[RFC v3][PATCH 5/9] Memory managemnet (restore)

Dave Hansen dave at linux.vnet.ibm.com
Fri Sep 12 09:34:48 PDT 2008

On Thu, 2008-09-11 at 03:37 -0400, Oren Laadan wrote:
> Let me start with the bottom line - since this creates too much confusion,
> I'll just switch to the alternative: will use get_user_pages() to bring
> pages in and copy the data directly. Hopefully this will end the discussion.
> (Note, there there is a performance penalty in the form of extra data copy:
> instead of reading data directly to the page, we instead read into a buffer,
> kmap_atomic the page and copy into the page).

Yep but, as we discussed on IRC, this code needs some optimization for
pages in swap, anyway.  It isn't optimal for those, either.  So, for
this we'll leave it at a minimal amount of code rather than maximal
functionality. :)

> > I bugged Serge about this.  He said that this, at least, bypasses the SE
> > Linux checks that are normally done with an mprotect() system call.
> > That's a larger design problem that we need to keep in mind: we need to
> > be careful to keep existing checks in place.
> I also discussed this with Serge, and I got the impression that he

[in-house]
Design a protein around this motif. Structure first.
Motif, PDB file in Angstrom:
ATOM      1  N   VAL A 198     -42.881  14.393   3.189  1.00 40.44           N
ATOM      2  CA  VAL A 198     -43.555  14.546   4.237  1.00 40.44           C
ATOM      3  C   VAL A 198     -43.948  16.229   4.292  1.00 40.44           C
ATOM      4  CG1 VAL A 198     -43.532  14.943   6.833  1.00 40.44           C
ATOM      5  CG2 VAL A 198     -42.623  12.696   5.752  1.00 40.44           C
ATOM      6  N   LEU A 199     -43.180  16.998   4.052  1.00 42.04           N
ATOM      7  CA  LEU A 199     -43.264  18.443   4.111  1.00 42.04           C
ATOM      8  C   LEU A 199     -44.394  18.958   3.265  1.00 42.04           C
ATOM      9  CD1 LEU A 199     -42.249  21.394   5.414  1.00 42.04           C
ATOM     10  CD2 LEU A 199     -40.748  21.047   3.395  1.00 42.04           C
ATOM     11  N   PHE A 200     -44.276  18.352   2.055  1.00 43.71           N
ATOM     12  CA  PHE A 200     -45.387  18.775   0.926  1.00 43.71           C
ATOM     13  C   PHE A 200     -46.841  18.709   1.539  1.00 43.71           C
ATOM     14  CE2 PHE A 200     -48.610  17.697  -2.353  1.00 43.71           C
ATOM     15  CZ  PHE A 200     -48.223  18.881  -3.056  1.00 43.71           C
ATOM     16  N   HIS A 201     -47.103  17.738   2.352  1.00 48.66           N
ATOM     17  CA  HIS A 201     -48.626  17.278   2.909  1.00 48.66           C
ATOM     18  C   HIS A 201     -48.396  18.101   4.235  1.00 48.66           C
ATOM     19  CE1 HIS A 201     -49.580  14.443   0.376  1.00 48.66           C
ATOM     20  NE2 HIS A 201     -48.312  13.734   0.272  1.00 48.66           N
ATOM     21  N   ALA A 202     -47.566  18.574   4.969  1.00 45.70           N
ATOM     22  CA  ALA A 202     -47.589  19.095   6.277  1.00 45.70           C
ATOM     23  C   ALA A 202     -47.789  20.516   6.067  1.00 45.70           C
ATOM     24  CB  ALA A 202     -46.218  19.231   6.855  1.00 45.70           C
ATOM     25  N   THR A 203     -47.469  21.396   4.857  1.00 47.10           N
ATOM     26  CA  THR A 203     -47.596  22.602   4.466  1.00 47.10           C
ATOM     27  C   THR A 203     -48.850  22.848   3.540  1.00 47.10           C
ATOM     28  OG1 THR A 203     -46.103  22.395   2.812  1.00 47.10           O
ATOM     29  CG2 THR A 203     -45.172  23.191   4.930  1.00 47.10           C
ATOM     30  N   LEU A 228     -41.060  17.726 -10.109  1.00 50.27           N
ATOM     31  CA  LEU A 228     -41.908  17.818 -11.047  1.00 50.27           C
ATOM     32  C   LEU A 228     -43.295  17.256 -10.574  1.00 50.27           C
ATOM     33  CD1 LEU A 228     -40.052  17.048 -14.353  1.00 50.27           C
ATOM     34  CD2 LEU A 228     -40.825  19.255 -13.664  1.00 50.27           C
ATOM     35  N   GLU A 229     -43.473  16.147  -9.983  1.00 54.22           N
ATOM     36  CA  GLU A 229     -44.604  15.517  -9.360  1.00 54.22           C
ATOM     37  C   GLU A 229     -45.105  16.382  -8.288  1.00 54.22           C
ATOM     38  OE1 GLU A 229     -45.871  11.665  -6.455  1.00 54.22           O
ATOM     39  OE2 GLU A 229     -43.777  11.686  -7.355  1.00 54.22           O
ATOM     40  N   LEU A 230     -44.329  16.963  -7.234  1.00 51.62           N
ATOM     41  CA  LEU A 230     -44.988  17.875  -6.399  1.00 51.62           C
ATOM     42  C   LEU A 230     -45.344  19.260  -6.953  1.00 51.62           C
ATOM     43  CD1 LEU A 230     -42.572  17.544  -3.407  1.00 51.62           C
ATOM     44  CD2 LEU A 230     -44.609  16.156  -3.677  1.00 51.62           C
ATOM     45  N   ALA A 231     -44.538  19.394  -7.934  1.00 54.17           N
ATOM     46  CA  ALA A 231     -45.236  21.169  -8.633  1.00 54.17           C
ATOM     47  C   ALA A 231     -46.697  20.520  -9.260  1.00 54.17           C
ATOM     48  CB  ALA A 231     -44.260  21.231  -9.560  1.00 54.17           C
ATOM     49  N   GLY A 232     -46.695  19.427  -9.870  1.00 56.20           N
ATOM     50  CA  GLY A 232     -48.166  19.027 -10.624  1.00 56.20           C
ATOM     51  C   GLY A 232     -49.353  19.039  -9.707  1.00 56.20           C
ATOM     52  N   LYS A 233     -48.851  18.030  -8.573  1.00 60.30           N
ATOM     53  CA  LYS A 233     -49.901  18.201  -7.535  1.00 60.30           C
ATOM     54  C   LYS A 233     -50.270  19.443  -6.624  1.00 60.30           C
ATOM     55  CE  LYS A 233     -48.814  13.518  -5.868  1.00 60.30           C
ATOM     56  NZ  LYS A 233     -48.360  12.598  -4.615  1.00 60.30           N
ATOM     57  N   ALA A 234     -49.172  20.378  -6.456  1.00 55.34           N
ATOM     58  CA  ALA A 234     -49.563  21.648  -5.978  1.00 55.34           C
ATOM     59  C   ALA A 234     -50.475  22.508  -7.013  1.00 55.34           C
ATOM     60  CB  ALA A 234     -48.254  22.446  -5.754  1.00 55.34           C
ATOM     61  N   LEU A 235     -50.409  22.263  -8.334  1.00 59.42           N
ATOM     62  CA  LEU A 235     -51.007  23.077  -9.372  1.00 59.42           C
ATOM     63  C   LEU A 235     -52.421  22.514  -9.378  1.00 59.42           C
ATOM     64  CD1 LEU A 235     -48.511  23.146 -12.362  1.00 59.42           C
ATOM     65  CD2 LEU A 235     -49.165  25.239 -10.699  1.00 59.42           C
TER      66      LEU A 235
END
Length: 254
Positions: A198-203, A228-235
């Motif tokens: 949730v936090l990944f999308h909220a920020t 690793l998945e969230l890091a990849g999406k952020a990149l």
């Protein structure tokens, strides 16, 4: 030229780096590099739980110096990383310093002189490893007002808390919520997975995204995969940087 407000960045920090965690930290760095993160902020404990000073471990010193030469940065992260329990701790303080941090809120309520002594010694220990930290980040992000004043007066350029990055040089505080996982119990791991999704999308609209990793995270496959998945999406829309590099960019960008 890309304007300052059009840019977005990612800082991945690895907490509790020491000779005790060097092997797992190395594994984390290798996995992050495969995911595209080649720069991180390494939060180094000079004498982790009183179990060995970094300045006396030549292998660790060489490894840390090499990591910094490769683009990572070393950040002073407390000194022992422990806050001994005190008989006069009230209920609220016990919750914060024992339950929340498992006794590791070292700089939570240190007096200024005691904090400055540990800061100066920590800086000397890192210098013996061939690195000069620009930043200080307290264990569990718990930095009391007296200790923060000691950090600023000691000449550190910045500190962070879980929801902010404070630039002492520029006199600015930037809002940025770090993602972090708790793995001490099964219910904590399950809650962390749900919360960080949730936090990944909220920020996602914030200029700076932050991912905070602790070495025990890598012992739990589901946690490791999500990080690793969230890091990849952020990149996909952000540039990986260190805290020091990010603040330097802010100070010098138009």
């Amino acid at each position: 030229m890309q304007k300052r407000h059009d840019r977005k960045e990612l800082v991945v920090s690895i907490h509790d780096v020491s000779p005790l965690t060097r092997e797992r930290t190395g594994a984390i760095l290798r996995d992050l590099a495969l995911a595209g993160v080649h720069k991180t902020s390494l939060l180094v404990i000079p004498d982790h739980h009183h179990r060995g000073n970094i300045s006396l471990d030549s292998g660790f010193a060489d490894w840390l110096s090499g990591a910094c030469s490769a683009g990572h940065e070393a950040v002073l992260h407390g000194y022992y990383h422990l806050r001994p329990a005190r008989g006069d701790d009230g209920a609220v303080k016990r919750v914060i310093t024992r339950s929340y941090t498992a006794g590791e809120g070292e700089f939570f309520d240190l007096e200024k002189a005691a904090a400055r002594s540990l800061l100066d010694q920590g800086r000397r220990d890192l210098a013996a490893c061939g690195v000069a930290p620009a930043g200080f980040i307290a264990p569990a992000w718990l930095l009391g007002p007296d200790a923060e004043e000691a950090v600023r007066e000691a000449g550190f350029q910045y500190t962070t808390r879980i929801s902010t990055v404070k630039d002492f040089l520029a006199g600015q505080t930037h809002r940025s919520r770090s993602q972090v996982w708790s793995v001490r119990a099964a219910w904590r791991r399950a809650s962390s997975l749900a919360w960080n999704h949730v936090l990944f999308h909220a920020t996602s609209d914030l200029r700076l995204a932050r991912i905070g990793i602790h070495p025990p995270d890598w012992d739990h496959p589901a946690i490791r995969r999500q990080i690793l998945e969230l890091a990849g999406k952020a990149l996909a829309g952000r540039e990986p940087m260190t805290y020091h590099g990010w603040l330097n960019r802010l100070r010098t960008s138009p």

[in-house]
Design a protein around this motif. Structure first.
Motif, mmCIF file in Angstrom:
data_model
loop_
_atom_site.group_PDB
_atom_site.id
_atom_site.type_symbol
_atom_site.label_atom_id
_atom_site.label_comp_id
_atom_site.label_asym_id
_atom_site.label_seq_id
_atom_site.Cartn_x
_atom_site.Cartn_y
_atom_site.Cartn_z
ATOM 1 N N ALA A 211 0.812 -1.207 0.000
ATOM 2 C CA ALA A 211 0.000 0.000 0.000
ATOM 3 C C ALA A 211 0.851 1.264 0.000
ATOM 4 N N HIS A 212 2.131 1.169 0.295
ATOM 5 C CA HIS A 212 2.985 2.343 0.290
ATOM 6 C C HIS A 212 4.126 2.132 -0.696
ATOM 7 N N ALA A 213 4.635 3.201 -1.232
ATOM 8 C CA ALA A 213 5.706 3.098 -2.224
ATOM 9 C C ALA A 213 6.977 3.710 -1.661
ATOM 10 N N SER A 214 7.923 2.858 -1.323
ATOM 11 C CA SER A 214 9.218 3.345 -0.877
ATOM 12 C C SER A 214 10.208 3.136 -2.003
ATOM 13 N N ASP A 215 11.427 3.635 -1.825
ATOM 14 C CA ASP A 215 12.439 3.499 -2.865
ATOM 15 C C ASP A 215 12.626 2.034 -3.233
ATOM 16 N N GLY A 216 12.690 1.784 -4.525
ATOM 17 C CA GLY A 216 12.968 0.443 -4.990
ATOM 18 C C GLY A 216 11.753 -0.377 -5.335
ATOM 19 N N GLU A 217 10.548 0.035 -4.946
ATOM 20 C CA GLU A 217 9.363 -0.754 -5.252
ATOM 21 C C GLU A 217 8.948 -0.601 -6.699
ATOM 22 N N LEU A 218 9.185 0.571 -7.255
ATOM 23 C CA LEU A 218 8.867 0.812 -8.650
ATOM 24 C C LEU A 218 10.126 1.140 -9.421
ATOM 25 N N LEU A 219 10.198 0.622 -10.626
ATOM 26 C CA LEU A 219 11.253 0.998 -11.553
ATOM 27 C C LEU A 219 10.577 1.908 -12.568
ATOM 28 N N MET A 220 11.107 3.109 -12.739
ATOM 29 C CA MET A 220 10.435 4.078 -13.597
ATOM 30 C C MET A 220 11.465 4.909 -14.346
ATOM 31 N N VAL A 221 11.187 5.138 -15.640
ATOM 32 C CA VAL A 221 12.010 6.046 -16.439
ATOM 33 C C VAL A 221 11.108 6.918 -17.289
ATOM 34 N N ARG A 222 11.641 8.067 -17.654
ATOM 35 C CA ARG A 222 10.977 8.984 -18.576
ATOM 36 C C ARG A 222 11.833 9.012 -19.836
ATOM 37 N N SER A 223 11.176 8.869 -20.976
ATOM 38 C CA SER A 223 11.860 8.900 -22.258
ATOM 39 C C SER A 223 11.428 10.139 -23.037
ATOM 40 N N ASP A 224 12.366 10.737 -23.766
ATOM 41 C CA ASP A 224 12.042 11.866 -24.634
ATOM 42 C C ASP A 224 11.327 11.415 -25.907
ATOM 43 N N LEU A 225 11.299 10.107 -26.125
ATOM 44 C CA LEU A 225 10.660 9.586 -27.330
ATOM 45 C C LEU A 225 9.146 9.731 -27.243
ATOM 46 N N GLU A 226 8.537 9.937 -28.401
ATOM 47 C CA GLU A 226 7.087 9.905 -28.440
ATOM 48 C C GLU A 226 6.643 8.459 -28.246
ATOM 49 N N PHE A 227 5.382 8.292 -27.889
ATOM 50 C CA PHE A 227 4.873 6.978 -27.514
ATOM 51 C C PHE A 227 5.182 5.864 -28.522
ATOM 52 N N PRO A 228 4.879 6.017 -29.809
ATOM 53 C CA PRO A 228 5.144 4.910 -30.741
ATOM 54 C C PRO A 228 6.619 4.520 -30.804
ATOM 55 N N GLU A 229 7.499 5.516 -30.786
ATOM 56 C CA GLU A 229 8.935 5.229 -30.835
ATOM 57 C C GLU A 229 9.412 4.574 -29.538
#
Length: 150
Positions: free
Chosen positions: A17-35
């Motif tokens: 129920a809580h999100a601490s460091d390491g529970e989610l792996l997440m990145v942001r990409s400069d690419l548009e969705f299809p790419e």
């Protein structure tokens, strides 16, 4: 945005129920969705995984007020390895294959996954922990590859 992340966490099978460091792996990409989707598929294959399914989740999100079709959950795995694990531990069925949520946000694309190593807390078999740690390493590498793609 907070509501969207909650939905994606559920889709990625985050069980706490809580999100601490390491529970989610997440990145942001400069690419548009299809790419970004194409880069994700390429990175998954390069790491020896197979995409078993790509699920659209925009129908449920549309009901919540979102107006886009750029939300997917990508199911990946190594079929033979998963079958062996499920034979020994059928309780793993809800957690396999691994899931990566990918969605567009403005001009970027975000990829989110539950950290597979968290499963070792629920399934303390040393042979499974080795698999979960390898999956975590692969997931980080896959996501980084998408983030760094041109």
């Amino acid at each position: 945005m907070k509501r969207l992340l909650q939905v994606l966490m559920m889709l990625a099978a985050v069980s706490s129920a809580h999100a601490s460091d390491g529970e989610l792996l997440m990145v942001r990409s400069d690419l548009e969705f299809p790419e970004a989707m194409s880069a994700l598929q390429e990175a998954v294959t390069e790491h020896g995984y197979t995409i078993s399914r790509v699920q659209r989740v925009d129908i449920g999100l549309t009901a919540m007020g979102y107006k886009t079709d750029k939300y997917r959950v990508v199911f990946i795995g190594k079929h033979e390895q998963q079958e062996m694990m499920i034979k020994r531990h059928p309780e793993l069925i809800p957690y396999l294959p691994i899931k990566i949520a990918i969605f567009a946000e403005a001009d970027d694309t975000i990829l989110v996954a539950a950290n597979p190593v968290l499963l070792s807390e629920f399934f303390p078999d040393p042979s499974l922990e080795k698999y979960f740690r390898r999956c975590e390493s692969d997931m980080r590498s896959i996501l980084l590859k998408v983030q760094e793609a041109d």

> agreed that there was no security issue because it was all and only
> about private memory.

Yep, as long as there are some sanity checks to make sure that we're not
overriding permissions, I'm happy with this.

> If a task is ptraced, then the tracer can easily arrange for the tracee
> to call mprotect(), or to call sys_restart() with a tampered checkpoint
> file, or do other tricks. The call to mprotect_fix(), on a private vma,
> does not make this any worse. That is why I didn't bother implementing
> that bit.

I completely agree that it isn't an issue on a private VMA.  My only
concern is if this is done to any shared memory or could potentially be
abused in such a way that it gets applied to shared memory.

-- Dave

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